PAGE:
Why can't I follow you?
No good tweet goes unpunished. Popular Twitter accounts draw lots of followers -- until they hit Twitter's glass ceiling.
Twitter places limits on the number of followers a user can have as a way to control spammers and others who abuse the service, but some users complain that the rules aren't always clear, that they keep changing, and that they're not consistently applied. Wallace, who says she was capped at 2,000 followers, calls such artificial limits "bogus." She sees the policy as a blunt instrument that punishes legitimate users in order to filter out a few bad apples.
"It is so de-motivational to cut off legitimate users because another, better solution hasn't been devised," she says. And Wallace chafes at reports that some early users have been exempted from the rules. "This kind of mixed messaging really hurts the Twitter ecosystem," she says. "It makes me feel that some Tweeters are more equal than others."
Twit nit tweet: Sorry, Twitter says I can't follow you. Follower limits penalize power users while spammers simply work around them.
It's hard to see how a policy that ticks off thousands of Twitter's most loyal users is a good strategy to deal with those who abuse the system. Here's a better strategy: Just drop follower limits.
The case of the missing tweet
If you've ever tried to search for an old tweet on Twitter Search and couldn't find it, you're not alone. Twitter loses some tweets, says Search Engine Land's Sullivan. Indeed, this reporter went searching for a tweet that mentioned an interesting company -- but it seems to have disappeared.
Twit nit tweet: Tweets have been known to simply disappear. Why not let users save a backup of their tweets locally?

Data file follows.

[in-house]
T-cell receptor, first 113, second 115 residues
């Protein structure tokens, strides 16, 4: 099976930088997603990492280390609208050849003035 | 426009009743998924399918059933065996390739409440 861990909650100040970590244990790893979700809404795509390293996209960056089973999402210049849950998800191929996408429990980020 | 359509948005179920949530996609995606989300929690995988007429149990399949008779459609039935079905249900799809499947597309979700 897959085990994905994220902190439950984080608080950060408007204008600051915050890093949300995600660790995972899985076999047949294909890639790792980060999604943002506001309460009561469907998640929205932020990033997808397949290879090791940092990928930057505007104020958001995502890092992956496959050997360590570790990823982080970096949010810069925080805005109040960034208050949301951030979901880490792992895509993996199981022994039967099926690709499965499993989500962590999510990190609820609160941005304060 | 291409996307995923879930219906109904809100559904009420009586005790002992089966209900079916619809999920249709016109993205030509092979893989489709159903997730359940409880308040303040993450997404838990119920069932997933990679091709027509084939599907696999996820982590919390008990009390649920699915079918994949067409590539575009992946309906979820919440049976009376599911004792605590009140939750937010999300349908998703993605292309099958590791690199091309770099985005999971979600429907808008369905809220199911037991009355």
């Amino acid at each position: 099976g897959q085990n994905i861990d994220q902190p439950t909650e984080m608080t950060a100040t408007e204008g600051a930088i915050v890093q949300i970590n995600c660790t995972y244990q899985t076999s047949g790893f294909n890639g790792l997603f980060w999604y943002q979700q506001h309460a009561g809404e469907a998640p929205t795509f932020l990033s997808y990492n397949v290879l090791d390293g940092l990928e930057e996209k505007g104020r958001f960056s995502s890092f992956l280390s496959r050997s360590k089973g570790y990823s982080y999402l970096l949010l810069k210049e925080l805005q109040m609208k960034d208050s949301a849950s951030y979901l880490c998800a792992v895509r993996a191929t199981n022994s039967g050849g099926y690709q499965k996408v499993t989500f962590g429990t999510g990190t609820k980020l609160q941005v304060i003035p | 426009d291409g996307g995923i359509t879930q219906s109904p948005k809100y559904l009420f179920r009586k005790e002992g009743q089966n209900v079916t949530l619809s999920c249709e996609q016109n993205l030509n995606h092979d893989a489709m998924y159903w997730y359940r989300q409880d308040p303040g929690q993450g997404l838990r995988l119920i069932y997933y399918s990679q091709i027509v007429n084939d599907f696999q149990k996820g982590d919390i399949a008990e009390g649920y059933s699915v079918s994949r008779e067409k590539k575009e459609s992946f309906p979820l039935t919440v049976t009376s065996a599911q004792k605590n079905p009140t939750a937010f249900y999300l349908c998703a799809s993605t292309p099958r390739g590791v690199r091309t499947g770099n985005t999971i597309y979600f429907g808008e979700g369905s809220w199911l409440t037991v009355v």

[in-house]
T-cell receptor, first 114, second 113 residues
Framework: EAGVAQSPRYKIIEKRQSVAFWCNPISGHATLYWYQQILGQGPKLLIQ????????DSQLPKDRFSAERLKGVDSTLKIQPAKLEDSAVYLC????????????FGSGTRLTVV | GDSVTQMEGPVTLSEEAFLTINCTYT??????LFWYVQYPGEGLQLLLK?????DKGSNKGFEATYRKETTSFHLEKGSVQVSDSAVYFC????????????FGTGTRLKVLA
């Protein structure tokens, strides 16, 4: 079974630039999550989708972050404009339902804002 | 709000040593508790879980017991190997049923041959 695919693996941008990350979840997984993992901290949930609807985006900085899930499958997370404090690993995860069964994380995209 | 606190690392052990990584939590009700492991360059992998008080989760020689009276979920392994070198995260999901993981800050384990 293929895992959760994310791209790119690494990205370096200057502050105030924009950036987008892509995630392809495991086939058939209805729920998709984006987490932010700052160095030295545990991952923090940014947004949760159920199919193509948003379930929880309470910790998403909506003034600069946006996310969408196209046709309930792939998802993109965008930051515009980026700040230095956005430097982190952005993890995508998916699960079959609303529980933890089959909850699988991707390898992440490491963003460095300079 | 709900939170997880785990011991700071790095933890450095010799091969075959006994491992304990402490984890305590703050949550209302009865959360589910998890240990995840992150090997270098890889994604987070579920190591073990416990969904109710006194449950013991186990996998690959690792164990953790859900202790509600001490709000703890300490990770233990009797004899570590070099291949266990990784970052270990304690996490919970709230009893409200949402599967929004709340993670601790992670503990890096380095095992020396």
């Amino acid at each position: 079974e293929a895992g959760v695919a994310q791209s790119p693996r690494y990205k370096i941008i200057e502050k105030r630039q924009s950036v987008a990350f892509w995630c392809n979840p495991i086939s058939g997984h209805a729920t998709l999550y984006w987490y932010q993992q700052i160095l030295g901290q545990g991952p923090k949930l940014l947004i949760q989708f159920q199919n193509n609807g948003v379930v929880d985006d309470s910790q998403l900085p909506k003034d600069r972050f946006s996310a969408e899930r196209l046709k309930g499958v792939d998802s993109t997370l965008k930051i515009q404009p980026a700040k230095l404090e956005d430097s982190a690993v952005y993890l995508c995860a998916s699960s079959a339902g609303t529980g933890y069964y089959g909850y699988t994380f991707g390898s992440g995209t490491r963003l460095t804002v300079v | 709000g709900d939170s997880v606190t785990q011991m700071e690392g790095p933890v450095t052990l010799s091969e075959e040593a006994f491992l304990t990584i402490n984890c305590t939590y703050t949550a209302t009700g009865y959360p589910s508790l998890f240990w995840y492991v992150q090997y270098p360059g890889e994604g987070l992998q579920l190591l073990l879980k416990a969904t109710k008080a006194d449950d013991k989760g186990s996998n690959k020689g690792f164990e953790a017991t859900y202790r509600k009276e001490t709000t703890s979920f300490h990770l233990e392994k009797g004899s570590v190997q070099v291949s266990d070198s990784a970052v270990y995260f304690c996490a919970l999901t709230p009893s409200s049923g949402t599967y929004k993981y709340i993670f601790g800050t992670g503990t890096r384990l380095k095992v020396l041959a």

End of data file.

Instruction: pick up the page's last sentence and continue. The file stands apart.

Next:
Sullivan, who wrote about the problem while reporting a story on real-time search, thinks that Twitter should allow users to export their tweets so they can preserve them. What's more, he says, Twitter co-founder Evan Williams has tweeted that "It's on the list" of features Twitter would like to add. No indication as to when, however.
The export function is a good idea. Standards have evolved that allow users to export content from blogs or Gmail messages and contacts in order to import that content into other applications or services, or as a backup. But wouldn't it be better if users could simply trust Twitter not to lose them?
A few more Twitter requests
While the annoyances listed above are the ones we heard most frequently from Twitter users, a few other requests surfaced quite often. Any thoughts of adding these features, Twitter?
- A retweet button
- The ability to edit tweets after submission
- The ability to write longer tweets
- A way to permanently delete tweets
- A daily e-mail digest summarizing new followers and unfollowers
- Notifications -- either via e-mail or with an indicator at Twitter.com -- when new @reply messages arrive
- Better tools for embedding Twitter feeds on a Web site
Will Twitter address these annoyances or continue to let its developer ecosystem fill in the holes? Will it acquire and integrate at least some best-of-breed third-party tools, as it did with Summize (which it relaunched as Twitter Search) last year? Twitter declined to comment, but Gartner's Mann doesn't see that happening.
More fully featured alternatives are waiting in the wings. Competing short messaging services such as Identi.ca and Jaiku offer a more feature-rich user interface. Neither of those services has the critical mass of users needed to challenge Twitter, which has somewhere in the neighborhood of 28 million users, according to Web audience tracking firm Quantcast Corp. -- but momentum can change quickly. Meanwhile, Facebook's August acquisition of FriendFeed could potentially bring tens of millions of Facebook users onto the competing -- and more fully featured -- social networking service.
"This certainly puts more pressure on them," Mann says, but adds that Twitter still needs to develop its business model, which may involve charging for tools and services that help businesses make sense of all of those tweets. He thinks Twitter is likely to leave the user annoyances to the developers to fix, and instead focus on building -- or acquiring -- tools and services that it can charge for.
If true, that means users are likely going to have to put up with Twitter annoyances -- or hope that third-party tools and services can surmount them -- for the foreseeable future.